|Traveling to another solar system via a black hole has never looked more impressive.|
Take for instance the first planet Cooper and crew land on. What awaits them is best left a mystery, but what can be said is that Nolan will take you on an emotional roller coaster unlike anything you have seen or experienced before and even though it is all over in the blink of an eye, it is something you will never forget. Much like the hallway brawl in Inception, that entire sequence will likely be the one thing everyone talks about directly after seeing it simply because it is one of those extremely rare cinematic moments where the reveal is every bit as compelling as the mystery that led us there.
|A boy and his robot...|
While other characters all get a fair shake, at front and center the entire time is the image of Cooper sitting in front of that monitor awaiting for that first time his distraught daughter might send him a message. This is where that long sought after emotional core comes into place which is intermingled brilliantly with the science behind the fiction. Rarely (if ever) has a film melded science geekery with human emotion quite as masterful as here which is important when the film starts to really stretch the limits of our known reality.
|Coop and Murph hold a strong bond that goes beyond both time and space.|
Sadly though, many have taken to the internet to pick apart or disprove the science behind the film. If you are sitting there trying to figure out if that is what a black hole would really do instead of taking in all the emotional baggage and visual splendor then you are either opposed to sitting back and enjoying something as pure entertainment or you are just trying to be difficult. If ever there were a film where its positives outweighed the negatives, this one is it. Speaking of negatives...
Now, let's discuss some of the more unfortunate side effects to the way Nolan approached his latest opus. For a film filled to the brim with scientific theories and existentialism there is a whole lot that is said and shown but very little that is explained. There is a fine line between explaining too much and not explaining anything at all, Nolan's own film Inception for example is particularly guilty of over explaining with nearly the entire first hour of that film devoted to making sure the audience understands everything before diving head first into all the action. While it worked upon a first viewing, additional viewings proved that first hour to be somewhat taxing at times.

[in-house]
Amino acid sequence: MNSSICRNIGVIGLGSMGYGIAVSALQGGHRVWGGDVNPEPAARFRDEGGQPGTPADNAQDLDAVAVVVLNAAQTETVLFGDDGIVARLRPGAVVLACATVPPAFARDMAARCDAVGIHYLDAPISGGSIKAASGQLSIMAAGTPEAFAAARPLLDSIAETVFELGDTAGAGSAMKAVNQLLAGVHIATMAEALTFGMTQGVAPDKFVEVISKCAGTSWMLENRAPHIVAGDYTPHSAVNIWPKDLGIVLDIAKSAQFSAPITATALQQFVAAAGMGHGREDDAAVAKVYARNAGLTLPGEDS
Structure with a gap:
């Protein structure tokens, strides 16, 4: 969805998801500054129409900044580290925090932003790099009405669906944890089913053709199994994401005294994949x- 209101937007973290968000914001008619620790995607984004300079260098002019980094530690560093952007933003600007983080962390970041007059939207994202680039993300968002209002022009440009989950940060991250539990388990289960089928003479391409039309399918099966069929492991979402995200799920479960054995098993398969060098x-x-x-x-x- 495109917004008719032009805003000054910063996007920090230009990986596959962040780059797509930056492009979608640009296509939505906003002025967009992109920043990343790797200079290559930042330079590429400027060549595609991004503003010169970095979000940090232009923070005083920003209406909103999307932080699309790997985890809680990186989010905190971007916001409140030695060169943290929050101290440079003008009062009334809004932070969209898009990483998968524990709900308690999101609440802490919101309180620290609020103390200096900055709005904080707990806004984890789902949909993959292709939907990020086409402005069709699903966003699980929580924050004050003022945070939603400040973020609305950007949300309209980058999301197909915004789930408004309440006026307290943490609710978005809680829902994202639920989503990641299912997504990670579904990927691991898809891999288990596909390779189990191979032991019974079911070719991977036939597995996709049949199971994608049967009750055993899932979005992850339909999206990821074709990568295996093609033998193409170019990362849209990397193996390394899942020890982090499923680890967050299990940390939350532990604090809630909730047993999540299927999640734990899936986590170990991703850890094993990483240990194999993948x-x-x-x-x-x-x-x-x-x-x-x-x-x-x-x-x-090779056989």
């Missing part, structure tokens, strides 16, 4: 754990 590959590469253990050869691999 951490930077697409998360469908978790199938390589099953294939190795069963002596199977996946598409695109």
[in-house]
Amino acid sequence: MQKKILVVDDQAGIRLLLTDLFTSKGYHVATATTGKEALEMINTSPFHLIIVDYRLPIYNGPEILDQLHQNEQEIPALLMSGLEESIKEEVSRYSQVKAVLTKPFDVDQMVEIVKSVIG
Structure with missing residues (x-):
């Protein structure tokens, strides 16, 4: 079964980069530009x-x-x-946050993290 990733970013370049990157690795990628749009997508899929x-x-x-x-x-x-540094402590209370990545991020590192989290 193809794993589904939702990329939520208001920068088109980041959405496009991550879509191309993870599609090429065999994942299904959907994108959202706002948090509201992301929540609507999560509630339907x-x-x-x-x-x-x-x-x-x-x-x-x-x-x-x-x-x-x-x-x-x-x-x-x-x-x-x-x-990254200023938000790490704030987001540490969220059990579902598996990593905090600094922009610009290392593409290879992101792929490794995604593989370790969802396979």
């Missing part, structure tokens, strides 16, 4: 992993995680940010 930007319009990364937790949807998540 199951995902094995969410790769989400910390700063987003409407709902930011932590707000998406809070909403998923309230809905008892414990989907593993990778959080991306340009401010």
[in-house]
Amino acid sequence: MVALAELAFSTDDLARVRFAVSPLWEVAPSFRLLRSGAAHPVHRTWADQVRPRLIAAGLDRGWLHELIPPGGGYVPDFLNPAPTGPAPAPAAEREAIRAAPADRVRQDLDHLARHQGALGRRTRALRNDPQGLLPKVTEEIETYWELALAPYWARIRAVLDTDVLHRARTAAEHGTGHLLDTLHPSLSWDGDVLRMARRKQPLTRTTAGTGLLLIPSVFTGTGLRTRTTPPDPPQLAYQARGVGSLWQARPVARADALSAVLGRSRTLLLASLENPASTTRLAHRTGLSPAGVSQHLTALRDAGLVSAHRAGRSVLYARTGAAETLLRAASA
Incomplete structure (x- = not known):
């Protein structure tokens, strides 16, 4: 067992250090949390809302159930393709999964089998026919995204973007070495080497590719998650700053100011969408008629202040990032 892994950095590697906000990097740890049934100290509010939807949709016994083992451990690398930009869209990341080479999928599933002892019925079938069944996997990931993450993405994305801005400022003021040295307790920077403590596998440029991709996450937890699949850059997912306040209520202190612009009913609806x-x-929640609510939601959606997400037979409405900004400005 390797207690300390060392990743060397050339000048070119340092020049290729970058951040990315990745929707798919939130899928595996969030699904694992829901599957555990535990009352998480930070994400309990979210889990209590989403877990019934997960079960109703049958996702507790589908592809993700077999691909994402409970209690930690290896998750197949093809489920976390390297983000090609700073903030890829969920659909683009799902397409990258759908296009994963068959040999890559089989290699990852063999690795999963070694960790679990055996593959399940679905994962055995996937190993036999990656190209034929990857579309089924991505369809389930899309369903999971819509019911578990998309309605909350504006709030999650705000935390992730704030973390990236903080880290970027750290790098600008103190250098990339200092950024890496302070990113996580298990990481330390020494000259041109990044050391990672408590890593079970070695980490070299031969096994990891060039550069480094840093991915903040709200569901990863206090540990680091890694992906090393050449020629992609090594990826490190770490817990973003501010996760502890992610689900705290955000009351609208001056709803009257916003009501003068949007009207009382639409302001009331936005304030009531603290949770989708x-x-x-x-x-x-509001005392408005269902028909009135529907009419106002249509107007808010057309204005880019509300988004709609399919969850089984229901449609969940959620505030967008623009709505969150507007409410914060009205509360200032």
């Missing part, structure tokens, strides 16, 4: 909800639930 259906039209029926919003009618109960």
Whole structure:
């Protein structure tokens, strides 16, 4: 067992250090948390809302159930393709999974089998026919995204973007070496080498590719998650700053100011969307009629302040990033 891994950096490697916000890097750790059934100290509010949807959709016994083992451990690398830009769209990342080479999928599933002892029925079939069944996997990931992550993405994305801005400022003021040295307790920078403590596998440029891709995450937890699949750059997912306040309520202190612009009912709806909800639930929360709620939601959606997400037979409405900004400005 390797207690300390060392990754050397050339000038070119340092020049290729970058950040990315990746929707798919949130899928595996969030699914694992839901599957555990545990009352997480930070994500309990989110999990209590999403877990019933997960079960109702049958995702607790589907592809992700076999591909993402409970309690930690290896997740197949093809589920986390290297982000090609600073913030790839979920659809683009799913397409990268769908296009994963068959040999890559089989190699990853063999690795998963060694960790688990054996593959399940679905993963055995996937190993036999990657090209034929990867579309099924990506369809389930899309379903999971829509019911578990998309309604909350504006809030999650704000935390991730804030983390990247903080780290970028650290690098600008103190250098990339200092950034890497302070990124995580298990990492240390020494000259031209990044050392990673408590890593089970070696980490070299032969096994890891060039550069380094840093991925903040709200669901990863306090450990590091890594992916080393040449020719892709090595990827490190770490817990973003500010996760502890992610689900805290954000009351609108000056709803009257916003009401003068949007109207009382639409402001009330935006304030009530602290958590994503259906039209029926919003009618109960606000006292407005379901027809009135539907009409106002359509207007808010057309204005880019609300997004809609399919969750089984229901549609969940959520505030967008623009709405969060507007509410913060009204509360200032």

|These scenes layout the stakes but very little else in the way of how it all works.|
There is one frustrating part of the film that does bear mentioning though which is the details behind why they need some mystery calculation from within the black hole in order to accurately determine how to get all the humans off Earth if their mission is successful. All we learn is that half of it has been figured out (which we never see) and that through some extensive leaps in logic and theoretical time manipulation we will learn the other half. What makes this overtly obtuse plot point even more frustrating is that when it is figured out (for the most part) we still don't know why it was needed or how it is even implemented.
|Some of the worlds they visit are truly awe inspiring.|
That relatively small critique aside, Interstellar is every bit the Sci-fi epic it has been promoted as. The film takes you on an incredible journey through time and space that most will not soon forget. With near limitless imagination and fully engaging both our minds and our hearts, Christopher Nolan has delivered upon us one of the most captivating adventure films in recent memory. While this isn't the best film the director has ever made, and leaves a lot of questions unanswered or just completely ignores their existence, it is certainly leaps and bounds ahead of the curve when compared to everything else Hollywood shovels out to us year in and year out.
Nothing more needs to be said. Logic concerns and plot holes be damned, see this film immediately and make sure to see it in the proper IMAX format in 70mm film if possible. Even without those added benefits though, the story and the visual majesty on display combined with yet another epic score by Hans Zimmer will be enough to capture the hearts and minds of everyone willing to give themselves over to Christopher Nolan and crew for 3 hours of their lives.